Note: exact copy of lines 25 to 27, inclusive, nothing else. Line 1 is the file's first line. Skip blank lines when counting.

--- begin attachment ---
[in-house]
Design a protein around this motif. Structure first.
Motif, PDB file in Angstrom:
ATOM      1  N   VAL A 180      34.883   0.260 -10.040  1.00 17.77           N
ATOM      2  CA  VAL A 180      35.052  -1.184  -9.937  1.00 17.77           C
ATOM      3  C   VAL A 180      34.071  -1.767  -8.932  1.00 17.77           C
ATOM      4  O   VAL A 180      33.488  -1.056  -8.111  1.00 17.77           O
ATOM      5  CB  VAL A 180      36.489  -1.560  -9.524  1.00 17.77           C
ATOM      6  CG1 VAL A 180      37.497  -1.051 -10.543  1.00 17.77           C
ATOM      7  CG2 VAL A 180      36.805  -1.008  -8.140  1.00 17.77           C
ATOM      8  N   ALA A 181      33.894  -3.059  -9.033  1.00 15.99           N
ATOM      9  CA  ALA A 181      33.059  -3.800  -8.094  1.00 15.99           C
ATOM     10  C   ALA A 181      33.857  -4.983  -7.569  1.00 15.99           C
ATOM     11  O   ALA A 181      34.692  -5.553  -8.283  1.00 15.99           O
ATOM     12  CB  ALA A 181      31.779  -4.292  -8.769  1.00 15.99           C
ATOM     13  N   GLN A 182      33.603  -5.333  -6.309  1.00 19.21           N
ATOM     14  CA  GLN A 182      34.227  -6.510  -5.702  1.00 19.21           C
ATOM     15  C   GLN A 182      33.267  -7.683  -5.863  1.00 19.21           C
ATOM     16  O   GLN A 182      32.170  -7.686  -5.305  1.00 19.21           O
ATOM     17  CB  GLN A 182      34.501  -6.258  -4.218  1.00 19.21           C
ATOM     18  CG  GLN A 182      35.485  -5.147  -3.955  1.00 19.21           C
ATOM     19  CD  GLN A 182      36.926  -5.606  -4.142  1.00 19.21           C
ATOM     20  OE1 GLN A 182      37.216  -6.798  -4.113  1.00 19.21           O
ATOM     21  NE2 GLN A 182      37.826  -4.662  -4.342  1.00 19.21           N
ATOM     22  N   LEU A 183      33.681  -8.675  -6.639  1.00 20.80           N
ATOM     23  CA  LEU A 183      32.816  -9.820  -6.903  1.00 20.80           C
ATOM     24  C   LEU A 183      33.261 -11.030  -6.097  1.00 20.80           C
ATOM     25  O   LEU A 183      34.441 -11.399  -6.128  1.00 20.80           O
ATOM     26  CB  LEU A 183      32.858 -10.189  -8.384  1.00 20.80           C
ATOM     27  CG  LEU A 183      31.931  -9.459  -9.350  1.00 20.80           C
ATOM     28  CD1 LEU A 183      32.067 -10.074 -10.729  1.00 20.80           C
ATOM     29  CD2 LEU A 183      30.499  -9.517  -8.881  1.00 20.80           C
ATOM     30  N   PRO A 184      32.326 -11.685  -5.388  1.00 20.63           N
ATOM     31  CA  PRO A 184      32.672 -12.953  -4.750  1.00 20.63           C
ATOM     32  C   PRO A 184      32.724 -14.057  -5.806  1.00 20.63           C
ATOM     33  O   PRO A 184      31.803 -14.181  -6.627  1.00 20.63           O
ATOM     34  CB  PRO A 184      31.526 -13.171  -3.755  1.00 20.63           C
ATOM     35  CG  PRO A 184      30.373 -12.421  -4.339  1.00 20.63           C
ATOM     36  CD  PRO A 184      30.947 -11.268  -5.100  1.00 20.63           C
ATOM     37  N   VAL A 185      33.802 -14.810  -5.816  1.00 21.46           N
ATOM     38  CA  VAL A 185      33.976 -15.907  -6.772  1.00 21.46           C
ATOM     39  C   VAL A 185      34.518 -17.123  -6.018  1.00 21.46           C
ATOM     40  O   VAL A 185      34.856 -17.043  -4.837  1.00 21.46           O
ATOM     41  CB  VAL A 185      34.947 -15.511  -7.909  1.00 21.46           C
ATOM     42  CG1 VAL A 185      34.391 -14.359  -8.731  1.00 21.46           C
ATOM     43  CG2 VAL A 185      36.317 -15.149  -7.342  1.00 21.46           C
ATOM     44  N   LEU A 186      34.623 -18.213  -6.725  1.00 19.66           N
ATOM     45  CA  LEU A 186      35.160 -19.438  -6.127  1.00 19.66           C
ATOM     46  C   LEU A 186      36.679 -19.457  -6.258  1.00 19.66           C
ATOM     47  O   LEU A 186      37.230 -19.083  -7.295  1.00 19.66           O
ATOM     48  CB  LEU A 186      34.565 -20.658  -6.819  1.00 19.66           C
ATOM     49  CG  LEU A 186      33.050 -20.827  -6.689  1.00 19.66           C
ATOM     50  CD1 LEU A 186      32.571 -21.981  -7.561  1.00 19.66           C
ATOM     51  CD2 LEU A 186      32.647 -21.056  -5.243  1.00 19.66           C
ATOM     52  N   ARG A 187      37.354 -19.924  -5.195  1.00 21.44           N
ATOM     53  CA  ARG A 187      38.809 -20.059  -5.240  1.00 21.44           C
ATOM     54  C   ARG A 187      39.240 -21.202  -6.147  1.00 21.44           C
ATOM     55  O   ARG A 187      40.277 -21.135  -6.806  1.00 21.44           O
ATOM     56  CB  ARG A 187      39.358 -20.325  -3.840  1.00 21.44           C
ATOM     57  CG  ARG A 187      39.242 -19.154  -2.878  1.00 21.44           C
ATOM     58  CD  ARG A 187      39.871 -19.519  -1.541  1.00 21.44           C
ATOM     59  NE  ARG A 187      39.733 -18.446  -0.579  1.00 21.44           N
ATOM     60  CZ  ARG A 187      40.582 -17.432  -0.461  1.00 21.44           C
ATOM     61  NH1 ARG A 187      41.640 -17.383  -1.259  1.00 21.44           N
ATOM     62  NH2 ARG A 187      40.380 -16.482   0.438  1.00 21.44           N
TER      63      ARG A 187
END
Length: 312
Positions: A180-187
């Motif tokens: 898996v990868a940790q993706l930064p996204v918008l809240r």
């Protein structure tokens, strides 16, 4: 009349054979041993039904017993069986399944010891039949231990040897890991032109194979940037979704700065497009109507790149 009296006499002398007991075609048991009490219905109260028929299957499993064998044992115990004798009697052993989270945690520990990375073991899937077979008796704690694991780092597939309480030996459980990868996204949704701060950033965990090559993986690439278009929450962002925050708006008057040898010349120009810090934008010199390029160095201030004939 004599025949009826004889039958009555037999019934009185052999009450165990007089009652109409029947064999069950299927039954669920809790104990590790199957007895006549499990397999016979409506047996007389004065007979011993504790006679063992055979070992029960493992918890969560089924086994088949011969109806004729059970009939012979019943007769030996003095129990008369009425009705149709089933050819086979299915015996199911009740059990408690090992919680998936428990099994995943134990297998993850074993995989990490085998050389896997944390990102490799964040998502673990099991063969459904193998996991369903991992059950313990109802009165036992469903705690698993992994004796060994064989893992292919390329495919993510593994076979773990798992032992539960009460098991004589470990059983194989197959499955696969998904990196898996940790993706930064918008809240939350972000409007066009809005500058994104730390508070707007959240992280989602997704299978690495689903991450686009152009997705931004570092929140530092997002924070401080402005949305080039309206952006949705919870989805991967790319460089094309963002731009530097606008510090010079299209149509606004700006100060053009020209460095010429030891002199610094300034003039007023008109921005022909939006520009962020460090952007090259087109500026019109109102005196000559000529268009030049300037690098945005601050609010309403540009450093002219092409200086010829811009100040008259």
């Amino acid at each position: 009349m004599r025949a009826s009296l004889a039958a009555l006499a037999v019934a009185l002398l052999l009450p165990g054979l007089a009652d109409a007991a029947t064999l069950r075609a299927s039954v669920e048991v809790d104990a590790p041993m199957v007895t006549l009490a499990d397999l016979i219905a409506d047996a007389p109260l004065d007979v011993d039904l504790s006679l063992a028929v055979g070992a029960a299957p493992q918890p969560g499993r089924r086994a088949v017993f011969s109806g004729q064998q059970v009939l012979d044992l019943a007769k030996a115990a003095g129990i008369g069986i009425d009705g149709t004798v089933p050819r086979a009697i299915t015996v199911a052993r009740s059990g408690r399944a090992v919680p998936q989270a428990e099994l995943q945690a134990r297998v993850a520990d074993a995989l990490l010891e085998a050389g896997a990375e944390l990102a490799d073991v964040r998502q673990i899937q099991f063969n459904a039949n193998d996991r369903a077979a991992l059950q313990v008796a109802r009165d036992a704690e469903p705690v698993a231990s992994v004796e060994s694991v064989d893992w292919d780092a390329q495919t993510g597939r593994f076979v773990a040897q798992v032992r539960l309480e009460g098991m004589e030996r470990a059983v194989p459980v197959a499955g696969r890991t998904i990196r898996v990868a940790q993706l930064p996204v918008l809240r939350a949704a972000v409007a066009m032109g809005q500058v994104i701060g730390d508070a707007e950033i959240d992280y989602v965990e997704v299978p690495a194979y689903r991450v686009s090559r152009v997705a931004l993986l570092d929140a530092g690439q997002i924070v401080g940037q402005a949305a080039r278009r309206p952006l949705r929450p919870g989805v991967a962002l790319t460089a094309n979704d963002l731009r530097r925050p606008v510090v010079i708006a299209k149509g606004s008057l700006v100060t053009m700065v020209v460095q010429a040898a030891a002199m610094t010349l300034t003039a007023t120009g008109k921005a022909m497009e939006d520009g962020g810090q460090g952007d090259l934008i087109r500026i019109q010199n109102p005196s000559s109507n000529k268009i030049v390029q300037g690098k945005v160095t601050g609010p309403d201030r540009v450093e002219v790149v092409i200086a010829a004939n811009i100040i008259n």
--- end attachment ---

ATOM     22  N   LEU A 183      33.681  -8.675  -6.639  1.00 20.80           N
ATOM     23  CA  LEU A 183      32.816  -9.820  -6.903  1.00 20.80           C
ATOM     24  C   LEU A 183      33.261 -11.030  -6.097  1.00 20.80           C